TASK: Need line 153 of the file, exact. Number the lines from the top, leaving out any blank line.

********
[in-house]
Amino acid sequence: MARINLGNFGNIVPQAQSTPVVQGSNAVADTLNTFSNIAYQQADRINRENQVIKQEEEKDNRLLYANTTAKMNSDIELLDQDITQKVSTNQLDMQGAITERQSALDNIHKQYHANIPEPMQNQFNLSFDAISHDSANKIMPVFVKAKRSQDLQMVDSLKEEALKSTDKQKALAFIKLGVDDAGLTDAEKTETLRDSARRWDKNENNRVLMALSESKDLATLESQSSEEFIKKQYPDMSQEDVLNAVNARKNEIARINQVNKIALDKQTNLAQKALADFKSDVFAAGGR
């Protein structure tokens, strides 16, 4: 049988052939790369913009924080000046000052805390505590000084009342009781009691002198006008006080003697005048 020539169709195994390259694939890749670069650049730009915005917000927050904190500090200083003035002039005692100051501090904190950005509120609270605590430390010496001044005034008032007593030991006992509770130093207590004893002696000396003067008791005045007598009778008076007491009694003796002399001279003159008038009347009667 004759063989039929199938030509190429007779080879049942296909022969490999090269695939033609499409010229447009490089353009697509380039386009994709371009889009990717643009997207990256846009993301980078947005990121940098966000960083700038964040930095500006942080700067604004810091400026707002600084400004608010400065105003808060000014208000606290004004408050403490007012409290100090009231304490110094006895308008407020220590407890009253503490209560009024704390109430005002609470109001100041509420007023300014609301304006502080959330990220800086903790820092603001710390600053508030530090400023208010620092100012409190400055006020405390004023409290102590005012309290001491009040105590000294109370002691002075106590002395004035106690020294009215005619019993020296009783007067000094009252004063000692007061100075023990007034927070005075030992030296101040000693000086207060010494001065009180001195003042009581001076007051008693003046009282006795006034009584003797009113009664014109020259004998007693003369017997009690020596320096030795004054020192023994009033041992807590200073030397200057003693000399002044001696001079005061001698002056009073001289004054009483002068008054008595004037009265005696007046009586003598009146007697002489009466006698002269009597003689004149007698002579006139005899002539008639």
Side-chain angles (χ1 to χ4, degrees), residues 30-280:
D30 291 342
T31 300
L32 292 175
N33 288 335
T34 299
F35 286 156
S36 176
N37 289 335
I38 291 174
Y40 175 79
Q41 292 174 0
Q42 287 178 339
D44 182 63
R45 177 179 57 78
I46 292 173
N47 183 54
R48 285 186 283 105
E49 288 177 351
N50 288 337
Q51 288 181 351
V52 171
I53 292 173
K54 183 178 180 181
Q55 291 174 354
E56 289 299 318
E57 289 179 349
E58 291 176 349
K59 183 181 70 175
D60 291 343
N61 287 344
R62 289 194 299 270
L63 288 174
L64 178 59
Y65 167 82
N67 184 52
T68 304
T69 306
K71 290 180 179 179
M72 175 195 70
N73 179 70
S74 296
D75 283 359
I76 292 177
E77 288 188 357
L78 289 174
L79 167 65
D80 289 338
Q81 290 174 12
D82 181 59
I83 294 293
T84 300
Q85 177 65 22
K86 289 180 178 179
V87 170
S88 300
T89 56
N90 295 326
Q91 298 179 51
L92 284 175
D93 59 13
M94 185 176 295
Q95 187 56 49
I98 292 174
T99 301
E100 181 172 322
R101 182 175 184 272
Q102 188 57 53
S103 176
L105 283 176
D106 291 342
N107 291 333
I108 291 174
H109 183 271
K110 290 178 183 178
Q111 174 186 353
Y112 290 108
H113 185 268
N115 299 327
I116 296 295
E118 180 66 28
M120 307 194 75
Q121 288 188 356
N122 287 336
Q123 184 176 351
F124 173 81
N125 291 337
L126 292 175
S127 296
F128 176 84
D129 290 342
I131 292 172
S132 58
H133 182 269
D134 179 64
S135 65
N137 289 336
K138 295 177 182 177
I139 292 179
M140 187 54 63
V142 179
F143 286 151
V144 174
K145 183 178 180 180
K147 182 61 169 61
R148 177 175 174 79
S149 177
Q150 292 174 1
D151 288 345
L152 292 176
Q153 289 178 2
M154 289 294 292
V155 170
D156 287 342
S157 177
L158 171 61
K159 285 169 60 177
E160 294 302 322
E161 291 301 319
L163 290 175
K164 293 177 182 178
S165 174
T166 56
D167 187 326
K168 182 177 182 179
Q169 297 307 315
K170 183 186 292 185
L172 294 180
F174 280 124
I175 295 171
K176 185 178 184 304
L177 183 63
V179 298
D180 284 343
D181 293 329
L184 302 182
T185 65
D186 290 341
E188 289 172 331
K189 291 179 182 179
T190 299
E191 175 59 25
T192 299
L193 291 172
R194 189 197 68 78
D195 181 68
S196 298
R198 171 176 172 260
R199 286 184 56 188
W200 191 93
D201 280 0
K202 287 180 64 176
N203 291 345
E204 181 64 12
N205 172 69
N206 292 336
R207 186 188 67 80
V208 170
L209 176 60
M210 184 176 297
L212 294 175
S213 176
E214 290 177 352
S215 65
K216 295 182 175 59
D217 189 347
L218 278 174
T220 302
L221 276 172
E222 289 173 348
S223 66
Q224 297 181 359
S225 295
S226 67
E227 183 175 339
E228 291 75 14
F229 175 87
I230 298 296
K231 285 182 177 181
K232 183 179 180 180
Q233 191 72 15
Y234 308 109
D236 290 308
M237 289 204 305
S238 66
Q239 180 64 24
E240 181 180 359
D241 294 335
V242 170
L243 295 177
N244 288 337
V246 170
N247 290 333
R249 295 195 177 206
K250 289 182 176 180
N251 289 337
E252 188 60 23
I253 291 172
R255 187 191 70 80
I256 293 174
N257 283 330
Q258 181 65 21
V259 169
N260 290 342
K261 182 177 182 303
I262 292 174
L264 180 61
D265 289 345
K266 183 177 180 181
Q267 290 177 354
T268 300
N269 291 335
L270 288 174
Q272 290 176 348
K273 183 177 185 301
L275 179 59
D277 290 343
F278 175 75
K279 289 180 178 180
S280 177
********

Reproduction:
W200 191 93